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Wal-Mart Stores, Inc. Et Al V. Parker And Timely Appeals

July 04, 2007 BY Dean Dellinger

            In Wal-Mart Stores, Inc. et al v. Parker, A06A2277 (2007), the Court of Appeals ruled that it was error for the superior court to deny the Employer and Insurer’s motion to have a judgment vacated and reentered so they could seek appeal in the Court of Appeals.

            Here, the Claimant was awarded income benefits by the administrative law judge.  The Employer and Insurer appealed to the full board which adopted in part and vacated in part the ALJ’s decision.  The Claimant appealed the portion of the award vacated by the full board to the superior court and the case was docketed for August 5, 2005.  After the oral argument on September 6, 2005, the superior court reversed the board’s award and reinstated the award of the ALJ on September 26, 2005. 

            Unfortunately, neither the employer and insurer nor the claimant received the order reversing the board’s award.  Eventually the Claimant’s attorney contacted the superior court at which time it was discovered that a judgment had been entered.  By this time the time to apply for discretionary appeal had expired.  Wal-Mart then filed a motion pursuant to O.C.G.A. §§ 9-11-60(g) and 15-6-21(c) and Cambron v. Canal Ins. Co., 246 Ga. 147, 269 S.E.2d 426 (1980) seeking to have the superior court judgment vacated and re-entered so they could pursue an appeal in the Court of Appeals. 

            The Employer and Insurer’s motion was primarily based on O.C.G.A. § 9-11-60(g) which states, “Clerical mistakes in judgments, orders, or other parts of the record and errors arising from oversight or omission may be corrected by the court at any time of its own initiative or on the motion of any party and after such notice, if any, as the court orders.”  O.C.G.A. § 15-6-21 (c) provides that, pursuant to O.C.G.A. § 9-11-5(a), “it shall be the duty of the judge to file his or her decision with the clerk of the court in which the cases are pending and notify the attorney or attorneys of the losing party of his or her decision.”  [italics added].  Wal-Mart also cited the Cambron case, which furthered the courts duty and noted that O.C.G.A. § 15-6-21 (c) is not “merely directory” and “where no notice is sent by the trial court or by the clerk to the losing party” “an action may be brought” “to set aside the earlier judgment” “upon a finding that notice was not provided as required.”  The case also noted that once the motion to set aside is granted, the judgment will be re-entered and the thirty day period within which the losing party may appeal begins to run from the date of re-entry.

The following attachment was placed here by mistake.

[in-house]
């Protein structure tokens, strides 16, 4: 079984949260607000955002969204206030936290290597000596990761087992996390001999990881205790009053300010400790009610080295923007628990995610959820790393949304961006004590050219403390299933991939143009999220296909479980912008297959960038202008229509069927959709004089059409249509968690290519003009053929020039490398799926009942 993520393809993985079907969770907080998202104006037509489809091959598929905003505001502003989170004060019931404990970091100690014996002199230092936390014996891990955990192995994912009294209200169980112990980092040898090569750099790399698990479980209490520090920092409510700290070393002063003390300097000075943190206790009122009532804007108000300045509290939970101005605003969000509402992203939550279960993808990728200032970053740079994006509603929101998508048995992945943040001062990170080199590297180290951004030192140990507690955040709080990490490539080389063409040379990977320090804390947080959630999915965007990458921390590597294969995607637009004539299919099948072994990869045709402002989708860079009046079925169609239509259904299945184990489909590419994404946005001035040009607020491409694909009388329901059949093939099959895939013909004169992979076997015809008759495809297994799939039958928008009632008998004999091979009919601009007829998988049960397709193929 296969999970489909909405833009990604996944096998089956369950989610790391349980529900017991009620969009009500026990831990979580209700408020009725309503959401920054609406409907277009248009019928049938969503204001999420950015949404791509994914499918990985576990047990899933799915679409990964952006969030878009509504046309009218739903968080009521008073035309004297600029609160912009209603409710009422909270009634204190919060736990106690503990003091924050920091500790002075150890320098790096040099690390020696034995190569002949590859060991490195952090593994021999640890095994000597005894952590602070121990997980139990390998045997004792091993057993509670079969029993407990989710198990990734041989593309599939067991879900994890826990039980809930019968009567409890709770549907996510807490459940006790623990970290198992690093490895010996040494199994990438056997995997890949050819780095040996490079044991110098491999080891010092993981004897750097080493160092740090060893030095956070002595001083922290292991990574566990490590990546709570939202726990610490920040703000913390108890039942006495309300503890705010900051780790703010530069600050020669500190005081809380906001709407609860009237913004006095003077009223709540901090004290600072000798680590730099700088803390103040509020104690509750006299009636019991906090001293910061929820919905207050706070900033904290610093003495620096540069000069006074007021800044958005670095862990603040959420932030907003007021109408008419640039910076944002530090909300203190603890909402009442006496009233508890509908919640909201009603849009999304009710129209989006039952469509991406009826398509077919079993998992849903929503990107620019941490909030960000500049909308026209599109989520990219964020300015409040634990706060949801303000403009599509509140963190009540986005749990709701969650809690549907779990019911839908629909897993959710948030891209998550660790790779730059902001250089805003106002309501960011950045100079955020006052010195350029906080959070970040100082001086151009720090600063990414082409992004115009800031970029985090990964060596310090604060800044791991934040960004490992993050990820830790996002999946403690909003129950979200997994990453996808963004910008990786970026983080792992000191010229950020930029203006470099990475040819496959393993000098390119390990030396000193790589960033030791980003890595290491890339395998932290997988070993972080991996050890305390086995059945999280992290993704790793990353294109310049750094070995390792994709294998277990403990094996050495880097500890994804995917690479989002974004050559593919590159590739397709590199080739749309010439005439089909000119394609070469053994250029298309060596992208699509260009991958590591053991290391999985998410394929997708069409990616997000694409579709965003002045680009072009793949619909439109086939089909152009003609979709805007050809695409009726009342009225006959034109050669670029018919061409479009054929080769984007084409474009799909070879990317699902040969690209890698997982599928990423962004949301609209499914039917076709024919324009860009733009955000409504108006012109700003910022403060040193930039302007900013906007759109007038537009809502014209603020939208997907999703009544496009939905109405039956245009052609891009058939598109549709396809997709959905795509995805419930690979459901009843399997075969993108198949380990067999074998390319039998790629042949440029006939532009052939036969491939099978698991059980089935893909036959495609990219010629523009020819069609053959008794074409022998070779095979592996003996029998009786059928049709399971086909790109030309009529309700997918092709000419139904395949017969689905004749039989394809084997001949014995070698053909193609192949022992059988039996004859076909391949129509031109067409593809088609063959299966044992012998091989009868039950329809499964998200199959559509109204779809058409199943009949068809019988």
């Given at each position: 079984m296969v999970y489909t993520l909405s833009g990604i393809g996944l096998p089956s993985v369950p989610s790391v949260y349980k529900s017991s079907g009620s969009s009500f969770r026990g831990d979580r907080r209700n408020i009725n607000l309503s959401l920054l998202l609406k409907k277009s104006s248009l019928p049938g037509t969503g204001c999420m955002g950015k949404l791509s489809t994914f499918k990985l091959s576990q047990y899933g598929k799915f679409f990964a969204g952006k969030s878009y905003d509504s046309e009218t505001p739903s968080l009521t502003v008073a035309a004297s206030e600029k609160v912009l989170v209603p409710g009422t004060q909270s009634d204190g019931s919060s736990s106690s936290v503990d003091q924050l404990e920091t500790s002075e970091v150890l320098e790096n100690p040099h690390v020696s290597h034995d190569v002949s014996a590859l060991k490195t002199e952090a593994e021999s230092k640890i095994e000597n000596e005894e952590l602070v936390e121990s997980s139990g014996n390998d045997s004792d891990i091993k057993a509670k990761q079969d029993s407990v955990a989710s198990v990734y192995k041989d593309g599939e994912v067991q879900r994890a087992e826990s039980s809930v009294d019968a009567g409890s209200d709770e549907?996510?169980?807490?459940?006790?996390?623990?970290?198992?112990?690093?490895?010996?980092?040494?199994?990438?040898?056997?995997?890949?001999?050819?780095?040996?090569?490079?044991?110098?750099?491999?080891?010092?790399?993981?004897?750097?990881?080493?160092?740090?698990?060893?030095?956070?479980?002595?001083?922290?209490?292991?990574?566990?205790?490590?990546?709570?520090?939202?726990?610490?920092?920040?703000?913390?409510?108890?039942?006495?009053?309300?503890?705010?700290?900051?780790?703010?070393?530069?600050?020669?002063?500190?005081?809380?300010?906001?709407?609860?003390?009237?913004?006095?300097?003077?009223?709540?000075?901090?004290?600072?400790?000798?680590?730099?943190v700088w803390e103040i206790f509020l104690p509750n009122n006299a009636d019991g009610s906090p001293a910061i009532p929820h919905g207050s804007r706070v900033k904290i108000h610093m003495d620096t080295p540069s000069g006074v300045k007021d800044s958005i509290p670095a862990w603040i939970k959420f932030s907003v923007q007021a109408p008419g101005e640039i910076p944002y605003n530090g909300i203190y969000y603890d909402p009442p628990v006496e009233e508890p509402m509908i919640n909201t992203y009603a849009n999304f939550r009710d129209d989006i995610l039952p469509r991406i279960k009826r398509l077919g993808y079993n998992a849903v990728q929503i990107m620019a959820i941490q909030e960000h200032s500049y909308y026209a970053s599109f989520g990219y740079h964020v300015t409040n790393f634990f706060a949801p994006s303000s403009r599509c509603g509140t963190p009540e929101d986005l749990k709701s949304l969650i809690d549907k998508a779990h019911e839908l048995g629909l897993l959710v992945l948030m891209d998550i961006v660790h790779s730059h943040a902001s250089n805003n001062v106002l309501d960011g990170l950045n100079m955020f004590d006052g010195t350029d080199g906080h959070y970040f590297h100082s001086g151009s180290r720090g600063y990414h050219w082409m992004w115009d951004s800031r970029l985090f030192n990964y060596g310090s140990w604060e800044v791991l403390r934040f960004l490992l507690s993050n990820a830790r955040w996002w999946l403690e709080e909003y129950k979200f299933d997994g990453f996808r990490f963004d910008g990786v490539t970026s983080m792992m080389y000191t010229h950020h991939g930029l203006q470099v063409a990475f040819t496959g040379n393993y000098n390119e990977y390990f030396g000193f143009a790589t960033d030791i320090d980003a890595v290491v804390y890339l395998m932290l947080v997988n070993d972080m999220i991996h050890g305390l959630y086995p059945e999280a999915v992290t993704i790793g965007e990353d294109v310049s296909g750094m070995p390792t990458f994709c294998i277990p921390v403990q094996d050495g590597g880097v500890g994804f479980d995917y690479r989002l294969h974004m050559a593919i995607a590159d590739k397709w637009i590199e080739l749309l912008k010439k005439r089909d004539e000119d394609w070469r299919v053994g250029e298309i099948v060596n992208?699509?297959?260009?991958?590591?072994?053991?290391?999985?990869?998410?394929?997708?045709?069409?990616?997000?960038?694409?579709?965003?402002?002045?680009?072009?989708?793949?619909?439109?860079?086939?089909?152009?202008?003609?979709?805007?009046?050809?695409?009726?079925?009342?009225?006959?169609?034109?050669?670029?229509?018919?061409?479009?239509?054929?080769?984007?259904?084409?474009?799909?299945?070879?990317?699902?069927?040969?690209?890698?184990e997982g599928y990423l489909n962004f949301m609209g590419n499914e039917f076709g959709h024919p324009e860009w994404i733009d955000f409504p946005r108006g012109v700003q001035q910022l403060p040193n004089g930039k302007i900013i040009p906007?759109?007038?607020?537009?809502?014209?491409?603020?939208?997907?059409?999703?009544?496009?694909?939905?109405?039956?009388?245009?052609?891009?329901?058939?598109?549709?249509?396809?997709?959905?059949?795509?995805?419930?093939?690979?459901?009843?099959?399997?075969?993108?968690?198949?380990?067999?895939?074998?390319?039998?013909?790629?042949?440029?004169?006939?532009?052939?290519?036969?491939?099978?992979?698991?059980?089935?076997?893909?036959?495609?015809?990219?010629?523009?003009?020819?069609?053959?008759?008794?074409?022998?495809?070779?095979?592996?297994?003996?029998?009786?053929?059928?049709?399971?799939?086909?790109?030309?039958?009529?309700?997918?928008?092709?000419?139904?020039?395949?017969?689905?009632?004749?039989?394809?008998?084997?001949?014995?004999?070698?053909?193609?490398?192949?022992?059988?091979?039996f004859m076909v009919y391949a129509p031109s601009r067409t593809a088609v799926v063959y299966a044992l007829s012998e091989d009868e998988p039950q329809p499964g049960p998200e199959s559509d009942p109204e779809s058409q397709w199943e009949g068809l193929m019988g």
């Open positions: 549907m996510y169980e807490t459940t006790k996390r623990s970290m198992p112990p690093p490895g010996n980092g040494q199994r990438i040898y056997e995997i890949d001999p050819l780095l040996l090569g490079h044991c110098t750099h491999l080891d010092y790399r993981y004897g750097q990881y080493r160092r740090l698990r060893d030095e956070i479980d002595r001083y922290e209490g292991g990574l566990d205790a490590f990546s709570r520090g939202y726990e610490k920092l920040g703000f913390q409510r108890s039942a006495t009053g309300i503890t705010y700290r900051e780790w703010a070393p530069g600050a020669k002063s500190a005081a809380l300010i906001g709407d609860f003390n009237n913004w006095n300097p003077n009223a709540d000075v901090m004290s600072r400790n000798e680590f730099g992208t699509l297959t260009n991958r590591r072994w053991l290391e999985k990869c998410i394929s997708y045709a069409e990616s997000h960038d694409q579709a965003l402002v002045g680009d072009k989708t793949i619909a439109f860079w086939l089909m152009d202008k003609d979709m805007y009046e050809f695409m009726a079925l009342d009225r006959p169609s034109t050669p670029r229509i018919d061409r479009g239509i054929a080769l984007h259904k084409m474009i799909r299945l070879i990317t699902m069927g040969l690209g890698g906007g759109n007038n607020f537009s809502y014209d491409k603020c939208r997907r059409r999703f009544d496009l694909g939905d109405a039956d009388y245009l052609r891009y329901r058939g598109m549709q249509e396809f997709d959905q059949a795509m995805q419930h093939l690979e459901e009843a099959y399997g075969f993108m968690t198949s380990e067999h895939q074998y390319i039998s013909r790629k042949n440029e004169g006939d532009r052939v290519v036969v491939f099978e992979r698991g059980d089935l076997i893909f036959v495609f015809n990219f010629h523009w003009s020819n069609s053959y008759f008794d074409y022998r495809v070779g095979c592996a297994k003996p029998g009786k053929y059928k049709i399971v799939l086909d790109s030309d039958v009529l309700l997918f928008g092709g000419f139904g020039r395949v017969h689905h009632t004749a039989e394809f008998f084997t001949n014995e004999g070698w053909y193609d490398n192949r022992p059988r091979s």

The superior court denied the Wal-Mart’s motion.  The court acknowledged that Wal-Mart did not receive notice pursuant to O.C.G.A. § 15-6-21(c).  However, it still denied their motion citing Taylor Timber Co. v. Baker, 226 Ga. App. 211, 485 S.E.2d 819 (1997).  The superior court determined that under Taylor, if it vacated the order they would lose jurisdiction by operation of law and any subsequently entered order would be a nullity.  The court also stated Wal-Mart knew that the court was required to enter an order with twenty days of hearing and they ignored that rule.  Essentially, the court stated it was the duty of the Employer and Insurer to determine if the court had entered a judgment.  Finally, the superior court reasoned it would be punishing the Claimant if they set aside the order and would be rewarding Wal-Mart for their alleged lack of diligence.

            Wal-Mart then appealed the denial of their motion to the Court of Appeals.  The Court of Appeals determined it was error to deny Wal-Mart’s motion and the superior court improperly relied upon Taylor andO.C.G.A. § 34-9-105(b).  Furthermore, the diligence argument is contrary to Georgia law.  The Court of Appeals looked at O.C.G.A.§ 34-9-105(b) which establishes how a case must be heard within 60 days and a judgment entered within 20 days following that hearing and if not, the order of the board is deemed affirmed by operation of law.  In this case, the matter was heard within 60 days and an order was issued within 20 days, therefore, the Court of Appeals found this matter fell outside the circumstances contemplated in this section.  

The Court of Appeals found Taylor did not apply as well as it contemplated a situation in which the court does not enter a judgment within the timeframe of O.C.G.A. § 34-9-105(b).  Here, the court entered the order in a timely manner.  Therefore, Taylor was also inapplicable. 

Finally, the Court looked at the diligence argument of the superior court.  The Court of Appeals noted the issue is not whether the losing party had knowledge of the judgment, or even worked to obtain that knowledge, but whether the court carried out its duties as imposed by O.C.G.A. § 15-6-21(c).  Here, the superior court failed to carry out that duty.  Also, the Court of Appeals noted that as the court met the time requirements of O.C.G.A. 34-9-105(b), the attempt to speedily resolve workers’ compensation cases would still have been met even if the court vacated and re-entered its judgment. 

Therefore, the Court of Appeals ordered the superior court to grant Wal-Mart’s motion to vacated the order and re-enter the judgment of September 26, 2005.  The thirty day period in which to appeal would then begin to run from the date of re-entry.

The Journal is a publication for the clients of Drew Eckl & Farnham, LLP. It is written in a general format and is not intended to be legal advice to any specific circumstance. Legal Opinions may vary when based upon subtle factual differences. All rights reserved. 

Editorial Board:

H. Michael Bagley